The Democratic Party is at a crossroad, and they have to decide to move toward a more progressive agenda, or work with the Republicans closer to the middle. Either way, America needs them to survive to provide a loyal opposition party.
It is well documented that the Democratic Party has fallen out of favor with the American public since President Obama took office in 2009, but not much has been said about what happens if the slide continues.
Just to rehash, the number of Democrats in the Senate fell from 55 to 46, after the November election. Representatives in the House have fallen from 256 to 194, and Donald Trump defeated Democrat power and political mainstay Hillary Clinton in the national race.
Additionally, across the nation, the Democrats have lost 958 seats in state legislatures over the past eight years, as well as seeing the number of Democrat governors drop from 28 to 16.
In short, despite President Obama being among the most popular presidents in history, grass root America responded by saying, “OK, he’s a great guy, but we don’t like the way the country is going, and we need a change.” Pre-election polls saw this as well, as Obama’s popularity remained constant, but a vast majority of those polled felt the country was headed the wrong way.
This isn’t just about a surprising victory by Trump in the Presidential campaign. There is a long-term decline in the support for the Progressive, or Liberal agenda, among the every-day American public.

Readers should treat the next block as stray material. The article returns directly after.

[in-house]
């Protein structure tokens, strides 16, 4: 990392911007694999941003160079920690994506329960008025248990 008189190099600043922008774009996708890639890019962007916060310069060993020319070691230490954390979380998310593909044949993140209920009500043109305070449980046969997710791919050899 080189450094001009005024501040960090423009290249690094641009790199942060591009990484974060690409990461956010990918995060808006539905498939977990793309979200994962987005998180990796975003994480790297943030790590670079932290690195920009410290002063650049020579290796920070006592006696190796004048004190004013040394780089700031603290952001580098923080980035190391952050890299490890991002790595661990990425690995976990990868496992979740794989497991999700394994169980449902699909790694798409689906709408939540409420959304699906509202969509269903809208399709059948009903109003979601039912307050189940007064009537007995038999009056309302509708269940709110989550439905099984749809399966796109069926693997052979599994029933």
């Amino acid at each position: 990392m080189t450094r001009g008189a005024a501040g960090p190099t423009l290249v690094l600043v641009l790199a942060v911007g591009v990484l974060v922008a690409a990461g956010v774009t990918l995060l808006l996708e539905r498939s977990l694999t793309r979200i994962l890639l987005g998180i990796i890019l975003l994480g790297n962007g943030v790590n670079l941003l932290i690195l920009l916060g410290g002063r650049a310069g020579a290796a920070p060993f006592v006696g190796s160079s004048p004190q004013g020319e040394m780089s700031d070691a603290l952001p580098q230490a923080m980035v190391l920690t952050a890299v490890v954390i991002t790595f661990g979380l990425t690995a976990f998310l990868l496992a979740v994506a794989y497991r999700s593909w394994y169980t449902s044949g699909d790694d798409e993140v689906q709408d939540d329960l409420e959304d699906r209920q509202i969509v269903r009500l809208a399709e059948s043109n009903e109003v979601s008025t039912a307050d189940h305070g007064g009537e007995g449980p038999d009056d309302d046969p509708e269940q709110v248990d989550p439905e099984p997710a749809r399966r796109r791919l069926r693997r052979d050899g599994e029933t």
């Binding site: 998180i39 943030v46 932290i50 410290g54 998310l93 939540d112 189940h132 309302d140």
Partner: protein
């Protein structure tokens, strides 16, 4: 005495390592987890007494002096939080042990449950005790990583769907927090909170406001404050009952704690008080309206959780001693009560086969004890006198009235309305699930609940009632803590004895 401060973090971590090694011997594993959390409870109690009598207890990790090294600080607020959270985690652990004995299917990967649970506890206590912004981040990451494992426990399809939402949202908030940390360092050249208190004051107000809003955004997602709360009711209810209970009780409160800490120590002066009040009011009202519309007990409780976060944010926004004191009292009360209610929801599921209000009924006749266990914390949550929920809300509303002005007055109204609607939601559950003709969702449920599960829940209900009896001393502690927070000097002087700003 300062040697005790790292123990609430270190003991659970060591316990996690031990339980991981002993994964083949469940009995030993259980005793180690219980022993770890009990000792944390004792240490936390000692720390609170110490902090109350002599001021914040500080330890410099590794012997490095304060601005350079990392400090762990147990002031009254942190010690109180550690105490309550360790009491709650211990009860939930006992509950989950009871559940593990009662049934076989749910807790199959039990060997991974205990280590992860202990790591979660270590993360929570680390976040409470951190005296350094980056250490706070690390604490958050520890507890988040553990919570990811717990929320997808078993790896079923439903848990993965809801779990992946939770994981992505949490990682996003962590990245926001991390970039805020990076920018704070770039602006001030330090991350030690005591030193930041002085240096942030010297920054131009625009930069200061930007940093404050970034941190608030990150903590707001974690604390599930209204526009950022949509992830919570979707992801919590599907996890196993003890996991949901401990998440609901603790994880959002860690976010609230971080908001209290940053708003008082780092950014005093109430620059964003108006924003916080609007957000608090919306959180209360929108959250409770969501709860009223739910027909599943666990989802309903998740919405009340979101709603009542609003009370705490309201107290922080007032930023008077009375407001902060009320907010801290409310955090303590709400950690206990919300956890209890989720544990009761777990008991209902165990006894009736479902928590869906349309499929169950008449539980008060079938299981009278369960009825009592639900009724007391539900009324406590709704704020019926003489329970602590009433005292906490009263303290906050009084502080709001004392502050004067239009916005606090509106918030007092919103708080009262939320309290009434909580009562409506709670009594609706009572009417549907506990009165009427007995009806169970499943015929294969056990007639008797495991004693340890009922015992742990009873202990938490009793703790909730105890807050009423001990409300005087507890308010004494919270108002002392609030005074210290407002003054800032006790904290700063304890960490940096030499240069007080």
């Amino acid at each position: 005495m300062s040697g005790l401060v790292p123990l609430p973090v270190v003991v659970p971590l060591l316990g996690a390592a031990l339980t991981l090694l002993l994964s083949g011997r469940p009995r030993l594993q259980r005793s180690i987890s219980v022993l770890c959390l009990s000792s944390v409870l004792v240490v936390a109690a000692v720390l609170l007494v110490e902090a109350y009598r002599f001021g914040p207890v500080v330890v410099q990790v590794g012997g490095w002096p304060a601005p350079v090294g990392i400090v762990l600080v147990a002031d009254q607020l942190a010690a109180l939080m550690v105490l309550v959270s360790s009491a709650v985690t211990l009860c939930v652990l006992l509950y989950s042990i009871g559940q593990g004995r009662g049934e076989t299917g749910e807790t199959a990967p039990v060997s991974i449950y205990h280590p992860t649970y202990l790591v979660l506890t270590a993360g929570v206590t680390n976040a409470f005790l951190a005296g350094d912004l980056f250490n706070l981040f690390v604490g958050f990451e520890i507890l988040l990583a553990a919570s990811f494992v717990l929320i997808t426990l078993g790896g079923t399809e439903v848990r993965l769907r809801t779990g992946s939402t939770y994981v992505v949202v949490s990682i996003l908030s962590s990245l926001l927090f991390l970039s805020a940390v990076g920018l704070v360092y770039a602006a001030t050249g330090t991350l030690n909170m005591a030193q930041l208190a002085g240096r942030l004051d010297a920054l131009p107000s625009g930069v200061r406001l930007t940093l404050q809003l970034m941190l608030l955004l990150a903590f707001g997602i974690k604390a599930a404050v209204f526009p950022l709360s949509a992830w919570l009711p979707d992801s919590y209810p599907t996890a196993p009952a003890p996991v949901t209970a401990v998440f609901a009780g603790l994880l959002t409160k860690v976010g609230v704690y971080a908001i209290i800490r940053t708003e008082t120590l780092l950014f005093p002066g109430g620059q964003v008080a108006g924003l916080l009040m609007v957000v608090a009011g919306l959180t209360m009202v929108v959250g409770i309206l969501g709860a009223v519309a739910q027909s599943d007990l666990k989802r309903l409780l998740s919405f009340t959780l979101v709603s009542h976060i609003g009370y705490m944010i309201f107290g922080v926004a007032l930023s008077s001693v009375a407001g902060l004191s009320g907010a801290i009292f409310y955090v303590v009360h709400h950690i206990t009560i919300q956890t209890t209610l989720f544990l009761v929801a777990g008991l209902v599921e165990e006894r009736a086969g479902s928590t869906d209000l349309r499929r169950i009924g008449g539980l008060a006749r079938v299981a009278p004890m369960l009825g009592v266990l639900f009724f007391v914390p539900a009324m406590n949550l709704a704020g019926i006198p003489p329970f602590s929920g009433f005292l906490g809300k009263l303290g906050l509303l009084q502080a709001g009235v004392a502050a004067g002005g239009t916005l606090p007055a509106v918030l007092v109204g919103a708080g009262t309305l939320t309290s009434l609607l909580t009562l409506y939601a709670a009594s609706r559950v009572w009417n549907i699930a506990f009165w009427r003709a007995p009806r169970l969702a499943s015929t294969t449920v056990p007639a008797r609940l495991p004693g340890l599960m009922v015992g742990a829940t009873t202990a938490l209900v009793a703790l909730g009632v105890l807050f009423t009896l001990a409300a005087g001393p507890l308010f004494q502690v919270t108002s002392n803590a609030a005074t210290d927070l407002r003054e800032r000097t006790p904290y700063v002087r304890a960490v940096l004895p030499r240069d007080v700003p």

The problem for the Democrats is that their solid base doesn’t think the Party is progressive enough. This was evidenced in the Democratic primaries, where it was generally assumed that Ms. Clinton was the heir-apparent, but thousands upon thousands of the young voters the party counted on saw even further left-leaning Bernie Sanders as their choice.
Now the Democrats are in quite a quandary, having to choose to either pander to their base wanting to go even more distant from the political center, or to try to move a little right to win back the every-day Americans it lost in the election.
This is most troubling to the Senate Democrats that must face re-election in 2018. They risk alienating their base on one hand, and being seen as a Washington elitist, out of touch with the public, on the other. Should the Dems take a beating in the mid-terms, how can the party survive?